Online Equity & Inclusion for TAs

What is it?

Your primary role as a TA is to facilitate student learning. Though learning may look different during periods of remote instruction, you continue to play a key role in the learning process. Moreover, it is essential that TAs work with instructors to create an inclusive and equitable learning environment. To do this effectively, TAs and instructors need to understand the pedagogical, socioeconomic, and social-emotional barriers that may hinder student learning and take action to minimize the consequences of these barriers. 

Why is it important?

UC Davis is committed to providing a high quality education for all students. We enact this mission by using inclusive and equitable teaching practices in our remote, online, and face-to-face classes. The UC Davis Principles of Community and To Boldly Go strategic plan emphasize that we “embrace diversity, practice inclusive excellence and strive for equity. We make UC Davis a place of excellence for learning and working by supporting a culture that values the contributions and aspirations of all our students, staff and faculty; promotes wellness and a culture of sustainability; and cultivates the open interchange of ideas.”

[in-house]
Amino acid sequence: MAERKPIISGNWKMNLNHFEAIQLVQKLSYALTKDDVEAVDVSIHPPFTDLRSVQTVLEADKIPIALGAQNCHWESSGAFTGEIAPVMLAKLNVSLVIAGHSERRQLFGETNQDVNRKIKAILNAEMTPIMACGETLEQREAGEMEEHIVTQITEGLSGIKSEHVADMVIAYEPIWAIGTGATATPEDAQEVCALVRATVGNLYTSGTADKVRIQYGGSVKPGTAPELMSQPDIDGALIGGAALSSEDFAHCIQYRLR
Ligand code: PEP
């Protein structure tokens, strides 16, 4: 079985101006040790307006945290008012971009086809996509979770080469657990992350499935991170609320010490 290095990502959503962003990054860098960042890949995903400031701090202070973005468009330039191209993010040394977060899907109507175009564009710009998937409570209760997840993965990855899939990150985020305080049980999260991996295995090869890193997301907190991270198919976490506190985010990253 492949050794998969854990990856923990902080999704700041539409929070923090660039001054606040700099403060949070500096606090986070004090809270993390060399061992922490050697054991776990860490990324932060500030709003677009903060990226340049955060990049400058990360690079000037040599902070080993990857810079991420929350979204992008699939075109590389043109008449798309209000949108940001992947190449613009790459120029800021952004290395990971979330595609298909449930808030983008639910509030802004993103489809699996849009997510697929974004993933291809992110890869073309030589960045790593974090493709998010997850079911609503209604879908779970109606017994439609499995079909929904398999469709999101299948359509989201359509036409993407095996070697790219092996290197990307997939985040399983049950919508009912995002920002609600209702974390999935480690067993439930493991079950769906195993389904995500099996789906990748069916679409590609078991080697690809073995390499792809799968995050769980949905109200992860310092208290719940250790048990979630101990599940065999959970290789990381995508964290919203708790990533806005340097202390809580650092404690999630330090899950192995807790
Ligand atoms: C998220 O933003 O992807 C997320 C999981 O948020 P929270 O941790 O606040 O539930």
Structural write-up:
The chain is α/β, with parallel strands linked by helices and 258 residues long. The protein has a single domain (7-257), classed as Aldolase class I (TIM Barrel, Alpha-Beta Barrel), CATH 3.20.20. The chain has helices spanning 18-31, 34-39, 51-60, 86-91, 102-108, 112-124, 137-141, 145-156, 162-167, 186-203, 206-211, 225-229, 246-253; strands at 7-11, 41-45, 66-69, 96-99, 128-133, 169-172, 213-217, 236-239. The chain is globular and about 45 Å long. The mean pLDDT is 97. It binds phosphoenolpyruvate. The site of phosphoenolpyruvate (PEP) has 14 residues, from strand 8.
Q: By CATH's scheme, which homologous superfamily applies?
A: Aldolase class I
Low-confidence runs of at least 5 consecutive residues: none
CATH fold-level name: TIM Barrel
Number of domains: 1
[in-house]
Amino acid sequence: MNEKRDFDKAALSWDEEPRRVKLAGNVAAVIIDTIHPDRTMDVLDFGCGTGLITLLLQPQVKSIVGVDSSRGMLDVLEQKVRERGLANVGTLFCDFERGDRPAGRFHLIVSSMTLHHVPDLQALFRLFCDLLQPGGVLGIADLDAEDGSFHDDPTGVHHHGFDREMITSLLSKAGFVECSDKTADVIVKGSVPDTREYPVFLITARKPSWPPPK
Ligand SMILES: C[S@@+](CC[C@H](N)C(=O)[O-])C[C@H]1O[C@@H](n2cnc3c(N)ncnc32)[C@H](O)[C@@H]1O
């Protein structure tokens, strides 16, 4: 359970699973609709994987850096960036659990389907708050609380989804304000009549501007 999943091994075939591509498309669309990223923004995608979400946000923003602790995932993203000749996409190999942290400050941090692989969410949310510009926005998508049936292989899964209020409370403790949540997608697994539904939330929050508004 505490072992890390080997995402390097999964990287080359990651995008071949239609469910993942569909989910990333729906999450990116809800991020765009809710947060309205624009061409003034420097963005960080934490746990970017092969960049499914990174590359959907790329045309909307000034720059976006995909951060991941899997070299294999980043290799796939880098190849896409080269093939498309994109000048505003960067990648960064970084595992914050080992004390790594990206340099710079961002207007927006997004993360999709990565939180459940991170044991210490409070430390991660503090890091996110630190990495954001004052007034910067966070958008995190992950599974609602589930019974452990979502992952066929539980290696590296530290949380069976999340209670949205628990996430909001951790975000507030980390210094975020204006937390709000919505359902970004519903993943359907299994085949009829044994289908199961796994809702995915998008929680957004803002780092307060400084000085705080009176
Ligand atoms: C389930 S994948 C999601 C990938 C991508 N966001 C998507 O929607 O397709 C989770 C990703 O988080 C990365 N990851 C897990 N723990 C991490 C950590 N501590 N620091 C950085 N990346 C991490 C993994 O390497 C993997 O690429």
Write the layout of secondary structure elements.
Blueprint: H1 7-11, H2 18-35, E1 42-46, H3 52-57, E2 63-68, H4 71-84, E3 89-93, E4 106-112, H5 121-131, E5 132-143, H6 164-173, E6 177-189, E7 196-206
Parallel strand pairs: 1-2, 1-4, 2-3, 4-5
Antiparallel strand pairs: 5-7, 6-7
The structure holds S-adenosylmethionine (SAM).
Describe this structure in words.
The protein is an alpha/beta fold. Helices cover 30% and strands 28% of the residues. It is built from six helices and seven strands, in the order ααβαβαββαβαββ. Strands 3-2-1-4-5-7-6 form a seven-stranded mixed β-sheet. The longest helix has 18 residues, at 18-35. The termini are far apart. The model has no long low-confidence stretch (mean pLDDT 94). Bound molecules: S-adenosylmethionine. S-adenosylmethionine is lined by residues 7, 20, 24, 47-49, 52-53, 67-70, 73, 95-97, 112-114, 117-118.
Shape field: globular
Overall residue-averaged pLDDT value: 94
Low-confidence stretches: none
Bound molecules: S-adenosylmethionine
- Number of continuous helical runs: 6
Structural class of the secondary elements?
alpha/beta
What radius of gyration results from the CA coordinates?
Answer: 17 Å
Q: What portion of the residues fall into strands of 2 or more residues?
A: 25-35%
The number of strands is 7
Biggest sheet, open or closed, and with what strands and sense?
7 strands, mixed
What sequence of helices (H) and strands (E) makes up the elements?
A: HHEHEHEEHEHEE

How to do it?

As a TA, you may be asked to lead online discussion sections or labs. You will also communicate with students regularly, likely using a combination of email, Canvas announcements or discussion board posts, and video conferencing. Here are some strategies you can use to promote equity and inclusion as you go about your duties as a TA:

  • 1. Get to know your students.